But there is yet a stronger reason for wishing that philosophers may cordially join their forces in asserting the principles which the long polemics of the subject have now pretty generally established. The question as to whether many of our purely speculative maxims be more due to experience or to the fundamental laws of belief, is, after all, a matter of comparatively little practical moment; if the controversy be pursued beyond a certain point, the result will simply be a loss of time to the philosopher, and perhaps to the unhappy reader of his subtleties a loss of patience; but the notions themselves, and their practical results, will not be affected by any theory. The case, however, is widely different with regard to those more remote or more obscure notions, involving theological or moral truth, which depend, for their due evolution, on a sedulous attention to both the essential conditions of the normal development of the human mind. In relation to these, any undue aggrandise. ment, either of the doctrine of intuitive beliefs or the influence of external experience, (of which last education and culture are but an extension, or rather one

* Seizième Leçon.

of the forms,) is attended with the most pernicious results. The moment men begin to take up with either idea to the exclusion of the other, they are capable of running into the most extravagant errors, and ignore at once the importance of one of the essential complements of human development. Thus the advocate on one side is apt to say, 'The idea of God is a primary intuition of the human mind: all men have it, none are without it, and it is essentially one and the same in all.' What says M. Cousin, in reference to Locke's statement, that the argument for the being of God from universal consent' is in strict truth an argument from an immense majority? (the force of which Locke says he does not deny). 'I deny,' says M. Cousin, that there are people who have no idea of a God; and here the Cartesian philosophy and all idealistic philosophy takes sure ground, proving beyond reply, that the idea of God being at bottom, that of the infinite, of perfection, of unity, and of absolute existence, cannot but be found in every man whose reason is ever so little developed.' We can only say that we are very happy to hear it; we thought that in France at least, there were some few who denied any such idea, though their intellect is not 'a little developed.'* We can but say with Locke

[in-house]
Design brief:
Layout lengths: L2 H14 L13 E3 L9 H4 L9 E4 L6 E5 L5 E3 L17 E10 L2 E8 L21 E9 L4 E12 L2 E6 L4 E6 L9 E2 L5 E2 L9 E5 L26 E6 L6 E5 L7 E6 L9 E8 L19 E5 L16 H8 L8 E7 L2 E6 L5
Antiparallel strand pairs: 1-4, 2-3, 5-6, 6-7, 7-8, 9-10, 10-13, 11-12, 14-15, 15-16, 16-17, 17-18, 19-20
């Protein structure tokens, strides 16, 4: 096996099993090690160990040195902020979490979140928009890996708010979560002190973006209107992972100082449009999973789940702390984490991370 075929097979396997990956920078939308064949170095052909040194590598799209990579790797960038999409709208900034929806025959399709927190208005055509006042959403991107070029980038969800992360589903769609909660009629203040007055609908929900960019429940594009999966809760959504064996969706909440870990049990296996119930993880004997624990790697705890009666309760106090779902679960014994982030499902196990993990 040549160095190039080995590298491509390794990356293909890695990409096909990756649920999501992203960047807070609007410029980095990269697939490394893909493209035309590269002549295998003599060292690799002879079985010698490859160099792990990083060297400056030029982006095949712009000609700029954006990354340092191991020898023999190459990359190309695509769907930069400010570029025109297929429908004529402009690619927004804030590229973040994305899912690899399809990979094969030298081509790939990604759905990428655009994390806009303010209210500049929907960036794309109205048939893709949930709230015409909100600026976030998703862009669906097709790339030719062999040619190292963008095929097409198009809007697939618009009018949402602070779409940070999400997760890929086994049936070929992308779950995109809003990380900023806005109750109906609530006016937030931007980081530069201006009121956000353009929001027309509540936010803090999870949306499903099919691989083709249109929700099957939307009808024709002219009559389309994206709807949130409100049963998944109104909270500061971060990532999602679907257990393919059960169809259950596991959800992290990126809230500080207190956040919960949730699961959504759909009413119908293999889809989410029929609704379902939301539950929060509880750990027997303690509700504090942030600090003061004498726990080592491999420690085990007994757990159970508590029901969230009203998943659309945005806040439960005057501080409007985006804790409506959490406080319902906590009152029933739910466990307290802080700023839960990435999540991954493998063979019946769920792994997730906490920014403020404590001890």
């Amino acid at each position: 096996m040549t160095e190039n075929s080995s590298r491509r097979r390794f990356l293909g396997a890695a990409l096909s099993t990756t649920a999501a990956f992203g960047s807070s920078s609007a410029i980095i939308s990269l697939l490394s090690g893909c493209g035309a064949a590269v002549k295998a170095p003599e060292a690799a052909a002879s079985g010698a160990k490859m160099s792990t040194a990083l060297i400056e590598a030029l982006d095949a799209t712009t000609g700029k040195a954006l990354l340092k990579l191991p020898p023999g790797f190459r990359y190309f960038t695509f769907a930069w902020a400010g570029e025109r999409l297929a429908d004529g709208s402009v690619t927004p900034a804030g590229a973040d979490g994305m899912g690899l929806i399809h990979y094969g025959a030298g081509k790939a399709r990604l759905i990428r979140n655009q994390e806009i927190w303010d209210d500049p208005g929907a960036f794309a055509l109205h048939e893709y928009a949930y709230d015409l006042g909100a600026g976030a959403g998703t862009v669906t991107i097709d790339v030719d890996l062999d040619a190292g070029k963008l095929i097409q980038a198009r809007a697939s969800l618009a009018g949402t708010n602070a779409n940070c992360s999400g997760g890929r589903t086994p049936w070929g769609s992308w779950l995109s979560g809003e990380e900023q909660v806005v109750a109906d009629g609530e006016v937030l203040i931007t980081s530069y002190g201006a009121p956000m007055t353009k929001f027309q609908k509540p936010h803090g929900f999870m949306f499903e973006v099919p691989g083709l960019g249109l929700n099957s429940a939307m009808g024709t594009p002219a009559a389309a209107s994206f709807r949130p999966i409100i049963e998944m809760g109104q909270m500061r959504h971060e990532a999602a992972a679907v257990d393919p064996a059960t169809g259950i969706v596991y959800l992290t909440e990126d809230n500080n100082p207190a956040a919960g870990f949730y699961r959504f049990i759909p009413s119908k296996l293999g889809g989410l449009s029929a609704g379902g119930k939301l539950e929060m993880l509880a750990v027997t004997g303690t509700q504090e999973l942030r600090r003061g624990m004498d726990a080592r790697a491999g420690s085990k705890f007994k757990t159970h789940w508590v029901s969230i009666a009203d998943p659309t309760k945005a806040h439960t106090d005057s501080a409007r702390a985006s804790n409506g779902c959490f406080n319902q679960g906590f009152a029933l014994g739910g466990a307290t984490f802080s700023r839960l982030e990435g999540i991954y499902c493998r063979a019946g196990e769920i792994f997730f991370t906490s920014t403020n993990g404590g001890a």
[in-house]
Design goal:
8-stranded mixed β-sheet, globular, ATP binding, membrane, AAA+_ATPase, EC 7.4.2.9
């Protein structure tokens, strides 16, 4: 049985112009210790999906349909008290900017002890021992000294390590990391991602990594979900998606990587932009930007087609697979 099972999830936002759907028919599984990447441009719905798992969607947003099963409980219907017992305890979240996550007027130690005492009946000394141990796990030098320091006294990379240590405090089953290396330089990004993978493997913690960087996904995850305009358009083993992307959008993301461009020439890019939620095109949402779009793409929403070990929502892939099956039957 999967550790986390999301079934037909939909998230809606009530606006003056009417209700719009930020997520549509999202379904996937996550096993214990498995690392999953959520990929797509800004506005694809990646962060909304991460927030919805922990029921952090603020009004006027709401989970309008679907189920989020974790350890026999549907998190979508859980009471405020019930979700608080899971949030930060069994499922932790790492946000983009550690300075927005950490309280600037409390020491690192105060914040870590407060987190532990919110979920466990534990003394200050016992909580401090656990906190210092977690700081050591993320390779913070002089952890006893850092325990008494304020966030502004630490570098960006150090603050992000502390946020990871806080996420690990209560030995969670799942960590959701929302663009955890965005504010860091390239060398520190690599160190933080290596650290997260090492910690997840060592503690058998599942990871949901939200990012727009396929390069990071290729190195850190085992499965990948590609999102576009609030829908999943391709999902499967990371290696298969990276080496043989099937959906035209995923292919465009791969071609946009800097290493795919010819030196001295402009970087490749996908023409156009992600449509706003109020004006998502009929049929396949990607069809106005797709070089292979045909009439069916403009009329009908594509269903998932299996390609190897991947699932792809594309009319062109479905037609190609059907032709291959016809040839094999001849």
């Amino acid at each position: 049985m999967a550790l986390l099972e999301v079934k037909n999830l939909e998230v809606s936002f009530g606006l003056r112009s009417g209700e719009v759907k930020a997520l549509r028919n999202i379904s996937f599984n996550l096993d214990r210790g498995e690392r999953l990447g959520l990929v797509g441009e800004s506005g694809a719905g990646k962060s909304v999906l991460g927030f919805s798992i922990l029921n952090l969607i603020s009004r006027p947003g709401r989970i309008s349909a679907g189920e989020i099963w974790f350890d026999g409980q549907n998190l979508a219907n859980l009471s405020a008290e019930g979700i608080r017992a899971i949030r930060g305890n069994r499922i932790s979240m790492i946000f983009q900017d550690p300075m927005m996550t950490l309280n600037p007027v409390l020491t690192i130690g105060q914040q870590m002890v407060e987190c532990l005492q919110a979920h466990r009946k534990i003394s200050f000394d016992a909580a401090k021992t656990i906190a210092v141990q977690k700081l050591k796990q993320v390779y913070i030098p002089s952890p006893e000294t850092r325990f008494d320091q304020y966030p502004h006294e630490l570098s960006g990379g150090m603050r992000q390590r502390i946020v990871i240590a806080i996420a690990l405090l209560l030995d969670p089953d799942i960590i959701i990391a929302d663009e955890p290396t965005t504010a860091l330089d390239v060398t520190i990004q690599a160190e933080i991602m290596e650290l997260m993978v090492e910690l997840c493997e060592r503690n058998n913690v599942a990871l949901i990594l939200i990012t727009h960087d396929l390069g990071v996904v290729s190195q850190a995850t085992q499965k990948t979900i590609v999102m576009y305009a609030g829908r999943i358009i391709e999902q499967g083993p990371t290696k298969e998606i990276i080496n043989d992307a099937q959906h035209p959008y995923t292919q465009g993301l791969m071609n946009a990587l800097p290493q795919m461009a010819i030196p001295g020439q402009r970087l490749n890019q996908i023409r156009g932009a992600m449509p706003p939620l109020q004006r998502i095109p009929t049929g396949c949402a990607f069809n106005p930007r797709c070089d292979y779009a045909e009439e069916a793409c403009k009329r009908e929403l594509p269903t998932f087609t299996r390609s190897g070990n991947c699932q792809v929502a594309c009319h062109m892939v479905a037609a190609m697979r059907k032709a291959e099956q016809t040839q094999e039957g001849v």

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*It is curious that some of the more recent advocates of innate laws of thought have pleaded for a more normal operation of them than the elder and, as has been often supposed, more rigid champions of innate ideas' would contend for. Thus we have just seen that Leibnitz says, 'that it is sufficient to suppose,' not that they necessarily manifest themselves, but that they can be discovered by an effort of attention, on occasions offered by the senses.' Descartes, in a curious passage in one of his letters, in which he expresses his surprise at the absurd interpretation put on his theory of 'innate ideas,' says even of that of a Deity, 'Although the idea of God is imprinted on our minds in such a sense

to Stillingfleet, 'I would crave leave to ask your Lordship, was there ever in the world an atheist or not? if not, what need is there of raising a question about the being of God, when nobody questions it? What need of provisional arguments against a fault from which mankind are so wholly free, and which by a universal consent they may be presumed to be secure from?' In this case, by virtue of assuming not only that there are fundamental laws of human thought, but that they must take a normal development, undue stress is laid on that rudimentary impression of a Deity of which even he who worships a cat, a monkey, or a block of stone, is not wholly destitute; and men are apt to under-estimate the necessity of that careful and just culture by which alone this cardinal truth can admit of complete extrication and a just development. It is forgotten that the want of that development makes all the difference between an ennobling and elevating idea of God, and one of which not only Locke, but many more would say, that they question whether it would not be as well to be without it altogether.

Again, the advocate on the same side is apt to say,

that every person has within himself the faculty of knowing Him, it does not follow that there may not have been many individuals who have passed through life without ever making this idea a distinct object of apprehension.' It were hard to discover any radical difference between such sentiments and those of Locke, who says, 'From the consideration of ourselves, and what we infallibly find in our own constitutions, our reason leads us to the knowledge of this certain and evident truth. I presume I

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may say that we more certainly know that there is a God than that there is anything else without us. When I say we know, I mean there is such a knowledge within our reach, which we cannot miss if we will but apply our minds to it. . (B. iv. ch. 10.)